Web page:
My phone pings with an email from my boss. For a few weeks now, I have been working as a writing and communications intern at a tourism start-up, doing translations and fluffy blog pieces to attract Anglophone customers to the company. The window by my desk looks over the city like an observant parent. In the distance, the Sacre-Coeur rises from the skin of Paris, a pretty little blemish that is the former village of Montmartre.
When I arrive at the office tower outside Gare de Lyon, the glass doors slide open quietly, submissive to their guest. I walk through, moving faster to catch the elevator going upwards. A different receptionist is in the lobby today, an old East Asian woman with unflattering eye makeup, spectacles and a pixie cut. She stops me at the entryway.
Because I am a new intern, I haven’t received an access card yet to enter the offices. The receptionists usually let me through with a smile when I tell them I work for Intripid on the 11th floor and that I will receive my card in a few days. Today, however, I am stopped.
When I approach the desk, the receptionist starts rattling rapid-fire French to me, gesturing me to fill in some forms and show a bunch of IDs. I think I have to sign something. I have to explain who I am. I try to cling on to the hooks of familiar words and phrases, to notice when they curve up into questions in the end so I know I have to formulate a response. She asks me many things. I rummage for the words, my French coming out toothy and gapped.
I can see the receptionist getting angry. The receptionist is pissed. She slows her words into mockery, speaking in a painful, loud, laboured French, modelled to fit my apparent incompetence. She sighs and rolls her eyes and purses her thin lips. Out of the corner of my eye, I see two of my colleagues emerge obliviously from the elevator, heading out for a smoke. I have been standing here for twenty minutes.
“Okay, you listen. I. Am. Very. Busy. I have a lot of work. Can you speak French? No…English? Do you speak that?”
I stare at her.
“I have. A lot. Of work,” she repeats.
“Yes, yes, I speak English,” the words spill in a gush, my mouth re-adapting to something it is confident with, to a renewed sense of control.
The receptionist chews up the seed of my French and spits it into the air. Something in me is shrivelling. This is not even her language. It is not mine either. English, French, none of us own them. We are instead owned by them. I stare at her, the way her soot black eyeliner misses the rim of her eyes. I can’t look away. I can’t run away.
The receptionist begins explaining the forms to me in English. Her English is very bad, like a piece of broken glass on the floor. Something in me wants to clamp down my boot and crush it. To say words like “discombobulate”, words I know better, that are so big they could dwarf her mouth the way she has dwarfed me. It feels sick, this power, this desire for control, this primal display of humanness, this sharp rebellion against being made into an alien in a matter of minutes. I want her to feel it. I want it to squeeze around her neck as well, like a too-tight turtleneck.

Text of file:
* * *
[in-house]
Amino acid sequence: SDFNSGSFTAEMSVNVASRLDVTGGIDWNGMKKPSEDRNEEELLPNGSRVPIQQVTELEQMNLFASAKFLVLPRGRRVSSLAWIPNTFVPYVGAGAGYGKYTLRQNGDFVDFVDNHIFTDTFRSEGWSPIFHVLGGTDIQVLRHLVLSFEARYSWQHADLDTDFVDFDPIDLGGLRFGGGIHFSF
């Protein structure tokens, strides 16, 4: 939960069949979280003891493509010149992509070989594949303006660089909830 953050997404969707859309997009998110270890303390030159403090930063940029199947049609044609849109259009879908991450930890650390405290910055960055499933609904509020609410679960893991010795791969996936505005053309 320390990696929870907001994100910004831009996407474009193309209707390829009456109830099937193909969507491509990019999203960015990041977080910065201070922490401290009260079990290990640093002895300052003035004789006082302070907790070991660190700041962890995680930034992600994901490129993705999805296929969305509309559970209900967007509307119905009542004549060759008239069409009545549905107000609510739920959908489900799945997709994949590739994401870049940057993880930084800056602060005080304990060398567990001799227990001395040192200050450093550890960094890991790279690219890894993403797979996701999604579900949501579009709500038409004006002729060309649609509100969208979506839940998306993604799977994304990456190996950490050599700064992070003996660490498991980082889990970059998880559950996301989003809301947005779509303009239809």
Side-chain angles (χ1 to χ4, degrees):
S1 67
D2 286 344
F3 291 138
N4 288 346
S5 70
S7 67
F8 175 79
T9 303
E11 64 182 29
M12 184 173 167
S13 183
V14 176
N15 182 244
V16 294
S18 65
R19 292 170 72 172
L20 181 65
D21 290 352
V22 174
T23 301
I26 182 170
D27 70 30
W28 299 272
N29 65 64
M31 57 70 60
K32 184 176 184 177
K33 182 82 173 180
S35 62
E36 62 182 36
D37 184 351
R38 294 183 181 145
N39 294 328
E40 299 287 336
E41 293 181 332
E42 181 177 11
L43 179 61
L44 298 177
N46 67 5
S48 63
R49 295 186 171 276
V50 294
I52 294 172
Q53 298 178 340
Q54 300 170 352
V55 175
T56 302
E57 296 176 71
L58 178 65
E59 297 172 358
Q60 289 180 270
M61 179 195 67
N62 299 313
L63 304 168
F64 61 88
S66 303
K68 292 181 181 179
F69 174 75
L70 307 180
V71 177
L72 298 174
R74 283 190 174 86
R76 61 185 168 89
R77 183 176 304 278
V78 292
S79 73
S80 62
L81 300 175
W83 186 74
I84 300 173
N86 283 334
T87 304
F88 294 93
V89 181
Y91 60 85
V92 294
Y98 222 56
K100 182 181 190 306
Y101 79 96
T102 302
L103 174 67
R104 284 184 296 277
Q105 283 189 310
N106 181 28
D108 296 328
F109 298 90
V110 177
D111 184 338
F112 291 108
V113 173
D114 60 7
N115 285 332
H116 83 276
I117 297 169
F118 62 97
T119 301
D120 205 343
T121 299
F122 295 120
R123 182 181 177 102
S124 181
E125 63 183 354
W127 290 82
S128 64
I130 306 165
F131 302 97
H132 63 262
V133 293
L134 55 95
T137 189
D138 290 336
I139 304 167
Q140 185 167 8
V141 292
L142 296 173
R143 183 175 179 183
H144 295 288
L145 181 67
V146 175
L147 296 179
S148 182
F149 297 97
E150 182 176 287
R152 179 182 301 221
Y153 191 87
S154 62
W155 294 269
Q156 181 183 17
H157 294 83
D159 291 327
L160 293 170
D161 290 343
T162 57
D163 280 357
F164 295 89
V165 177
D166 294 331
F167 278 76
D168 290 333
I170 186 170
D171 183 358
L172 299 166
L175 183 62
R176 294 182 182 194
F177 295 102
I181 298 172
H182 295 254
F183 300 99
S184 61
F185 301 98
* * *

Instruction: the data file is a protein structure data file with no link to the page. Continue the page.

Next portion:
I want to make her feel like she is the one without the bloody access card.
Instead, I quietly sign my name and walk through to the elevator. I have a lot of work today.
Porte de Choisy
“Bienvenue de chez moi!”
The tram doors open to a blustery Wednesday evening. My Malaysian friend Tzy Jiun has brought me to an Asian supermarket because she wants to taste her way across the distance to home and because I have very little money to eat. We are going to buy ramen and on the tram there, I stick my head in a novel while trying to calculate the maximum number of Indomie packets that will be affordable for two weeks. My friends crack jokes in the corner or scroll through Instagram, swaying from the poles in order not to fall.
Last night, I woke up at 4;34 with a scrabbling in my stomach. I gulped water and rolled over to sleep. The good thing about sleep is that you can will yourself into oblivion about anything real. I will not get eight hours again, ok. There is one frozen lasagne in my fridge and half a baguette in my bag today, ok. I have three pages of writing to finish tonight, ok. There are four tram stops to Chinatown now, ok. I study literature but life is also maths, ok. Maybe not Pythagorean theorems but the cashier counts out your change in French, ok. This ATM doesn’t tell you your balance in English, ok. Two flicks of mascara on your eyes so you cannot cry today, ok. 17 more days till home and your mother cooking for you again, ok.
Okay. Okay. Okay.
How many okays does it take to really feel ok?
I go quiet as we thread our way through apartment blocks and food vendors. I think my friends have become used to this but today, it’s not because I am feeling anxious or depressed, as I have nervously explained to them in past cases. I am watching Tzy Jiun practically bound across the concrete and zebra crossings and it makes me glad to see her find a sense of warmth, a semblance of her home in “the land of white people” as she calls it. For months, I have been reading her poems, unashamedly angry and desperately tender, as she writes about conversing with two old ladies near Porte de Choisy in her language, or eating with chopsticks, her everyday rebellion. I have seen her quietly write herself into a middle finger, aimed at the white boxes she’s had to tick all her life, again and again.
I have been ticking boxes too. Sometimes I become the box itself. A white box – grease-soaked cardboard flimsy – of chilli chicken curry, made cheap with too much oil and too much haste, in a far-flung foreign country. For take-away, please. I walk ahead, looking up. The apartment blocks in Chinatown are off-white and look like stacked boxes. If I squint my eyes a little bit, they transform into a beige neighbourhood in an unimportant part of New Delhi. My stomach is scrabbling and I squint harder. So many boxes in the world, all I am doing is trying to make a home out of them.